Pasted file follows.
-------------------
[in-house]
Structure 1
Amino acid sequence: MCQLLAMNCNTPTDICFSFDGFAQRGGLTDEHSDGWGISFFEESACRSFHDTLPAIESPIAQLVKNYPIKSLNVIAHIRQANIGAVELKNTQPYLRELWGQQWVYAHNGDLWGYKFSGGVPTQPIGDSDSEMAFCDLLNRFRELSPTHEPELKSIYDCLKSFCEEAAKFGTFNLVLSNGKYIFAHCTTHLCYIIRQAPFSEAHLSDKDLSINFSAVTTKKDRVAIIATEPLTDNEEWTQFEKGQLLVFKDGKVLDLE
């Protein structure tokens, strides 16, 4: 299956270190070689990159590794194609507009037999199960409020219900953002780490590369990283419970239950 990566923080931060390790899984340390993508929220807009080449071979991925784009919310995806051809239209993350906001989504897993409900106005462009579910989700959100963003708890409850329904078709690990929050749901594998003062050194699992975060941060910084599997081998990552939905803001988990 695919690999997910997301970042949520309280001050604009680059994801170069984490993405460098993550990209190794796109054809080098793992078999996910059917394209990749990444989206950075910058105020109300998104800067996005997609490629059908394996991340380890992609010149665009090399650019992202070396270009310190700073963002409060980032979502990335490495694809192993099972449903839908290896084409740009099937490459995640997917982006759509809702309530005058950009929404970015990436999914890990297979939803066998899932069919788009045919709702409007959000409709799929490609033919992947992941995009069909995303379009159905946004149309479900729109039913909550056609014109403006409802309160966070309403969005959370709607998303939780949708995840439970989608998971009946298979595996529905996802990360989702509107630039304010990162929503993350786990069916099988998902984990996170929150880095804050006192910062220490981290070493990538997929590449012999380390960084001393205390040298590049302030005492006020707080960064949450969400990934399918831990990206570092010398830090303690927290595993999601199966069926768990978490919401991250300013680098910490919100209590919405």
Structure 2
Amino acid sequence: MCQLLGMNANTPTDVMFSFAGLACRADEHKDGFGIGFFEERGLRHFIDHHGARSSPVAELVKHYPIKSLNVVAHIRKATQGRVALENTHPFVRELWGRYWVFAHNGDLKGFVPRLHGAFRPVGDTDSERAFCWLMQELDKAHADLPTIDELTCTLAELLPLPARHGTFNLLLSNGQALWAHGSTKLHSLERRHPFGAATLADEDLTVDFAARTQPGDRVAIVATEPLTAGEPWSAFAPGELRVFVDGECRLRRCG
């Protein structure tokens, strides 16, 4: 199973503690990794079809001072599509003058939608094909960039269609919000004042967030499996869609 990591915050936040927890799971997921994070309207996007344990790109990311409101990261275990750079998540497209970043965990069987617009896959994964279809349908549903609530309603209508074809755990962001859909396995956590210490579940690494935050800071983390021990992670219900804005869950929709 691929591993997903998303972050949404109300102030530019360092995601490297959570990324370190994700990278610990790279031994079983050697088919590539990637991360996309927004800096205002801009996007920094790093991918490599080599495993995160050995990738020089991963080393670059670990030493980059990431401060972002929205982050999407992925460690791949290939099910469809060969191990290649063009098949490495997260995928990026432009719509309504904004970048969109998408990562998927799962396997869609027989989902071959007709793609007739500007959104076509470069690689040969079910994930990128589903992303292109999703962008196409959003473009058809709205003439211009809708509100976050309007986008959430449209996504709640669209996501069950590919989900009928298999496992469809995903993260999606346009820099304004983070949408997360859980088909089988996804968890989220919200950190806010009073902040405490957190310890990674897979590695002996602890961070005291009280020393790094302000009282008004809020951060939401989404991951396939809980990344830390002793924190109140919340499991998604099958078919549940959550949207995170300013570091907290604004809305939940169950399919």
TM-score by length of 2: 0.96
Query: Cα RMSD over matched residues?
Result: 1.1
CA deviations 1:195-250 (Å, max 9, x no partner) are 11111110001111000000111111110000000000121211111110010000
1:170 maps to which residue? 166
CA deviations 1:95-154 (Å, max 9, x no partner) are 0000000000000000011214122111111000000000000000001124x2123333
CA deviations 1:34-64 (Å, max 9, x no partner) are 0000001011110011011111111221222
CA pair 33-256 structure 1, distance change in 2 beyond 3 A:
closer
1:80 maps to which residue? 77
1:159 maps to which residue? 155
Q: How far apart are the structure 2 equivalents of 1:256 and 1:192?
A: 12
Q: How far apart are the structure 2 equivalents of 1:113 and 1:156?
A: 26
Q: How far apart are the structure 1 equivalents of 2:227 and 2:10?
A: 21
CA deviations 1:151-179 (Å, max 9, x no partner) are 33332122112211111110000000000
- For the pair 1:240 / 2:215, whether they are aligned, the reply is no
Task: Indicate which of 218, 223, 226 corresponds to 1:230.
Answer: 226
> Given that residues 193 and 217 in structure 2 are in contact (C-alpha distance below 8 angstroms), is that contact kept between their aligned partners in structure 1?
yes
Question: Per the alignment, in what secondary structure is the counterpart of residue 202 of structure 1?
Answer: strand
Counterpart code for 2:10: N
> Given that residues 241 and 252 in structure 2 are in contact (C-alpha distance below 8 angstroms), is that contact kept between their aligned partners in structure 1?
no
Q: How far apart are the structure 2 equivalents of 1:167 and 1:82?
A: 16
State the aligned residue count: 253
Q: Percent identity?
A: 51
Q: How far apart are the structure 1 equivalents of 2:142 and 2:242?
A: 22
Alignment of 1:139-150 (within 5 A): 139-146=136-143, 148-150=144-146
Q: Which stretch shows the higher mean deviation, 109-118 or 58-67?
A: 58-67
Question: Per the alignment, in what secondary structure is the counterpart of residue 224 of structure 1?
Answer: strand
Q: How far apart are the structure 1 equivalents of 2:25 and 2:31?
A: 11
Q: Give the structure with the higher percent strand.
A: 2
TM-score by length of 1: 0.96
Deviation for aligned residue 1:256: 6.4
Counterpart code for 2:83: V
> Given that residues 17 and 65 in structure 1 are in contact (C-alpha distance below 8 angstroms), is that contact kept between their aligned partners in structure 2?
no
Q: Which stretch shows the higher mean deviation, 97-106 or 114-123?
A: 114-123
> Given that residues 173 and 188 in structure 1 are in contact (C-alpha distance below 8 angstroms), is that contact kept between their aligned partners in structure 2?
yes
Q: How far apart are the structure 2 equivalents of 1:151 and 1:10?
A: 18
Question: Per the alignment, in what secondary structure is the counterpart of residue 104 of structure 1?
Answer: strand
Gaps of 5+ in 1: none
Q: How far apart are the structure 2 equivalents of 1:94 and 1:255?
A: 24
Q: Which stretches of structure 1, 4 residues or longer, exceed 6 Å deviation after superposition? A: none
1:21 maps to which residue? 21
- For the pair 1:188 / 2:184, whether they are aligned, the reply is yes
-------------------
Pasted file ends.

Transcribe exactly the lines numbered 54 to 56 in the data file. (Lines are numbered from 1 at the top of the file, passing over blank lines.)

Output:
Counterpart code for 2:83: V
> Given that residues 17 and 65 in structure 1 are in contact (C-alpha distance below 8 angstroms), is that contact kept between their aligned partners in structure 2?
no